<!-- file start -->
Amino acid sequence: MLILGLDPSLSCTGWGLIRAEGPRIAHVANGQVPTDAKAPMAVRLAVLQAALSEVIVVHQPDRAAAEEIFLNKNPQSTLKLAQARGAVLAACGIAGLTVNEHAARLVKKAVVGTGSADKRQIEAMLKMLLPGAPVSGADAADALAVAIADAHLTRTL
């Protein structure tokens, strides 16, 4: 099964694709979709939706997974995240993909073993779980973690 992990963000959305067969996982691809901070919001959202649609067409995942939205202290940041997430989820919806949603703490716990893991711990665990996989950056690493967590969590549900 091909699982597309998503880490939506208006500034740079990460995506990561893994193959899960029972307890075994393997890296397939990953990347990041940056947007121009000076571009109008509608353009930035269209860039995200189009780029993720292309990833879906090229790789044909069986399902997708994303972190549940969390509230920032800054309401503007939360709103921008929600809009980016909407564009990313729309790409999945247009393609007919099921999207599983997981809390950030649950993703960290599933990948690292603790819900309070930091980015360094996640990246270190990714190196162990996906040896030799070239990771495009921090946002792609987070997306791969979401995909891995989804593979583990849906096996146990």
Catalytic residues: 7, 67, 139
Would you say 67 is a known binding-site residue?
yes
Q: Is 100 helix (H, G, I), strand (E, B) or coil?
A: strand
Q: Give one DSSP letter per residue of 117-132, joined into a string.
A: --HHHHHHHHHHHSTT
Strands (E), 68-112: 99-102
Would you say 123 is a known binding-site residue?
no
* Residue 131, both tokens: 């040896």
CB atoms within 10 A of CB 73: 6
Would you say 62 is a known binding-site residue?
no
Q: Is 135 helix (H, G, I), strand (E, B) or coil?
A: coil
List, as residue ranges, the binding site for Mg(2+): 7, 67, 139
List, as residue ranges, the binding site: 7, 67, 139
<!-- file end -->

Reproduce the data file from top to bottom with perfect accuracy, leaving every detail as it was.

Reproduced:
Amino acid sequence: MLILGLDPSLSCTGWGLIRAEGPRIAHVANGQVPTDAKAPMAVRLAVLQAALSEVIVVHQPDRAAAEEIFLNKNPQSTLKLAQARGAVLAACGIAGLTVNEHAARLVKKAVVGTGSADKRQIEAMLKMLLPGAPVSGADAADALAVAIADAHLTRTL
């Protein structure tokens, strides 16, 4: 099964694709979709939706997974995240993909073993779980973690 992990963000959305067969996982691809901070919001959202649609067409995942939205202290940041997430989820919806949603703490716990893991711990665990996989950056690493967590969590549900 091909699982597309998503880490939506208006500034740079990460995506990561893994193959899960029972307890075994393997890296397939990953990347990041940056947007121009000076571009109008509608353009930035269209860039995200189009780029993720292309990833879906090229790789044909069986399902997708994303972190549940969390509230920032800054309401503007939360709103921008929600809009980016909407564009990313729309790409999945247009393609007919099921999207599983997981809390950030649950993703960290599933990948690292603790819900309070930091980015360094996640990246270190990714190196162990996906040896030799070239990771495009921090946002792609987070997306791969979401995909891995989804593979583990849906096996146990």
Catalytic residues: 7, 67, 139
Would you say 67 is a known binding-site residue?
yes
Q: Is 100 helix (H, G, I), strand (E, B) or coil?
A: strand
Q: Give one DSSP letter per residue of 117-132, joined into a string.
A: --HHHHHHHHHHHSTT
Strands (E), 68-112: 99-102
Would you say 123 is a known binding-site residue?
no
* Residue 131, both tokens: 């040896």
CB atoms within 10 A of CB 73: 6
Would you say 62 is a known binding-site residue?
no
Q: Is 135 helix (H, G, I), strand (E, B) or coil?
A: coil
List, as residue ranges, the binding site for Mg(2+): 7, 67, 139
List, as residue ranges, the binding site: 7, 67, 139